In the first article of my series on Saving for a Trip Around the World, I shared a little background on my decision to make a global tour my personal goal. I also touched on the reality of my financial situation at the time (namely my debt). For the remainder of the series, I will share the strategies and habits I adopted to bring me out of debt, thereby allowing me to aggressively save for my upcoming travels.
Write Down Your Travel Goals
First and foremost, commit your travel goals to paper. The mere act of writing something down takes it out of the ethereal, ever-changing cloud of thoughts in your mind and helps make it a reality, a tangible thing you intend to achieve. In April 2002, I started at a very high level as you can tell from the photo above. I tied each goal to a motivation so I would be reminded of why it would benefit me to reach it. I knew my ultimate travel goal required a large amount of money, which would be hard to save if I remained in debt, which I couldn’t get out from under until I found a new job! I posted the goals in a very visible place to ensure I saw them every day (such as near the bathroom).
I had also begun to keep a paper journal around this same time. I found the practice of writing (with no intended audience other than myself) beneficial in many ways. In regard to my travel plans, because of the money required, my thoughts were primarily focused on paying off debt, saving, and continuously revising my financial goals for the upcoming months. The photo of the index card below captures my cash (vs. company stock) targets in 2006, after I had paid off my debts, and begun to earn significantly more at work.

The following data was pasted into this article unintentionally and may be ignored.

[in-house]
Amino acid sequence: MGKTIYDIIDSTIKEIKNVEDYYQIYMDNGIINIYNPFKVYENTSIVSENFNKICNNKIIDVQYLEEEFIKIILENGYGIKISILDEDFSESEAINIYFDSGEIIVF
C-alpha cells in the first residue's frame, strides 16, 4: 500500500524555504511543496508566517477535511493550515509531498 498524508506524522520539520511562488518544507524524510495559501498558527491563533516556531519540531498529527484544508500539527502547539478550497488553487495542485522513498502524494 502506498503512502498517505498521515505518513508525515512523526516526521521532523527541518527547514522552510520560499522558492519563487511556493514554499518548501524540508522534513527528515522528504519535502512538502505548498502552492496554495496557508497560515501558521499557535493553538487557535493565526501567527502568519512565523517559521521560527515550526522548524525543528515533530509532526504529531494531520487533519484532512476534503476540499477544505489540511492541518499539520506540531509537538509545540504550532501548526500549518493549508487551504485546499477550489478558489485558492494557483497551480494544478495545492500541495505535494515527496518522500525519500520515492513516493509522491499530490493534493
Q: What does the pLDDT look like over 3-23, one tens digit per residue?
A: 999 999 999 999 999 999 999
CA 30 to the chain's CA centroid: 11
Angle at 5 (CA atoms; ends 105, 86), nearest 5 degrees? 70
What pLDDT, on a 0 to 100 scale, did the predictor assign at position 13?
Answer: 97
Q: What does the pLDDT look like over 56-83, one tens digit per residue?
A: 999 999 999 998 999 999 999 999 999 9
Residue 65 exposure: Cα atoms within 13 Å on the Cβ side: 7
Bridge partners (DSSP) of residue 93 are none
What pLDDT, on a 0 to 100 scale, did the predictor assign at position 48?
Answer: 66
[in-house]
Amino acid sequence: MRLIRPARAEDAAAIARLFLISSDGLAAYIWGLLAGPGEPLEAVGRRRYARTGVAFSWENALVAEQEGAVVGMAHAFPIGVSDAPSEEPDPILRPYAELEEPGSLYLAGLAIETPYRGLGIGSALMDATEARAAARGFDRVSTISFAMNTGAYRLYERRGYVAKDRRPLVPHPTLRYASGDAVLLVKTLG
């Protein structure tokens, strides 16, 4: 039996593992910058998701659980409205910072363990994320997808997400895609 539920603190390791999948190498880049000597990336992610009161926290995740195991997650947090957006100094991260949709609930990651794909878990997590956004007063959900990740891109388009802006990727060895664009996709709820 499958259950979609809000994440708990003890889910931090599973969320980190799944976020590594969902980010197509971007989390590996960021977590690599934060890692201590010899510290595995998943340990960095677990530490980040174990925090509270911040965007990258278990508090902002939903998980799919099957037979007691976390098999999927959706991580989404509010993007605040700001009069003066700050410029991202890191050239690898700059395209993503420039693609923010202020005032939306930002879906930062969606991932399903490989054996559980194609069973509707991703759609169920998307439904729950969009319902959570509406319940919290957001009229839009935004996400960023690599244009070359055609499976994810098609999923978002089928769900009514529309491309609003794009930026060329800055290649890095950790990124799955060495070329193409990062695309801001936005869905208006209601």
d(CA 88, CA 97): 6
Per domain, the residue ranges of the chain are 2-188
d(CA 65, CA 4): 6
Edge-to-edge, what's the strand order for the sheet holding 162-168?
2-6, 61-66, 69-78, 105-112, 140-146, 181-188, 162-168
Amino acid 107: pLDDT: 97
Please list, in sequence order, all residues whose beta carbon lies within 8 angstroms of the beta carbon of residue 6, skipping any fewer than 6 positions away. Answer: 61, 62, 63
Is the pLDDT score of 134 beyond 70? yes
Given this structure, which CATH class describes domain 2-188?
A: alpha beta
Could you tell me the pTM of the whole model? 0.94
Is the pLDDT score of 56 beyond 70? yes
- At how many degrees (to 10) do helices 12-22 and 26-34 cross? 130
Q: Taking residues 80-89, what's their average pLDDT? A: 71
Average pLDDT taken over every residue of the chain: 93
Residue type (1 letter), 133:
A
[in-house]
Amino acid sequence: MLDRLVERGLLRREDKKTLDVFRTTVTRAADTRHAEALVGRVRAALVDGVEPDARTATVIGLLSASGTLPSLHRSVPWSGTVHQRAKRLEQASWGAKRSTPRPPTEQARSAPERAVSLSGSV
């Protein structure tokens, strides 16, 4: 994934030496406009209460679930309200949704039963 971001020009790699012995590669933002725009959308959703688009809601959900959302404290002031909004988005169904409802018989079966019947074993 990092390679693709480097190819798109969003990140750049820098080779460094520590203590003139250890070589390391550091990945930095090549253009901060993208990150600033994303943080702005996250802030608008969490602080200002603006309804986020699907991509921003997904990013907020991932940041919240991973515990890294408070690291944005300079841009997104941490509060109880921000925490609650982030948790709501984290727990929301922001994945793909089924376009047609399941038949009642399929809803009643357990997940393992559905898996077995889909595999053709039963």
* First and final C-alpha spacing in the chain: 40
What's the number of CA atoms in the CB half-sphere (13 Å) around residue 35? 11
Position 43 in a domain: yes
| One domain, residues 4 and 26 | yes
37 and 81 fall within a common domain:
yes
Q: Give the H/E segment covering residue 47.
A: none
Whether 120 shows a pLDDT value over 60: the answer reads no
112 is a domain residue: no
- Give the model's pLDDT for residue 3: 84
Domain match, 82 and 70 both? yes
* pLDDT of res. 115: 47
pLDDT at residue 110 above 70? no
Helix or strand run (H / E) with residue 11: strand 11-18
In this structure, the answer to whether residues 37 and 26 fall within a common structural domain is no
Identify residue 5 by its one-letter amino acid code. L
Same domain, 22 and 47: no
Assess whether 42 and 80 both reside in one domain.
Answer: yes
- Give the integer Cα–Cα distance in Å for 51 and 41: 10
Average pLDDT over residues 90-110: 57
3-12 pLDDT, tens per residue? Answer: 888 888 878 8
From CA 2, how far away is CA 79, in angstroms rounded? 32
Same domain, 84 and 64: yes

Set Financial Benchmarks
I was newly employed in June 2002, though still in debt, paying more than I could afford on rent and my car, and not earning as much as I had hoped. My first savings goal was to sock away $25 per paycheck (every two weeks) toward my trip. It sounds like a drop in the bucket now, almost laughable, however it was all I could afford at the time. In retrospect, it was a turning point after years of racking up credit card debt living beyond my means. I began to consciously save money in a thoughtful and consistent manner. I started to value saving money over spending it (something credit card companies would hate to see catch on). At those early stages, the development of good financial habits was more important than the amount of money being saved. By 2006, as you can tell, my monthly benchmarks had been raised substantially.
By the time I am ready to depart later this year, it will have taken me 5 ½ years to meet my goals. While this may seem like a long time, I had established early on that I was going to continue to maintain my 2002 standard of living, rather than sacrifice to the degree some others are willing to do (mostly those younger folks out there!).
Constantly writing and revising financial goals helped keep me on track. I’ve regularly set aggressive short term goals, and rarely met them. I’d rather fall short of an aggressive goal than a non-aggressive one. I decided it’d be better not to set the bar too low, just to have a warm fuzzy feeling of meeting it. Alternatively, others may find greater motivation in setting easily achievable goals.
Next week I’ll share my experience extricating myself from debt.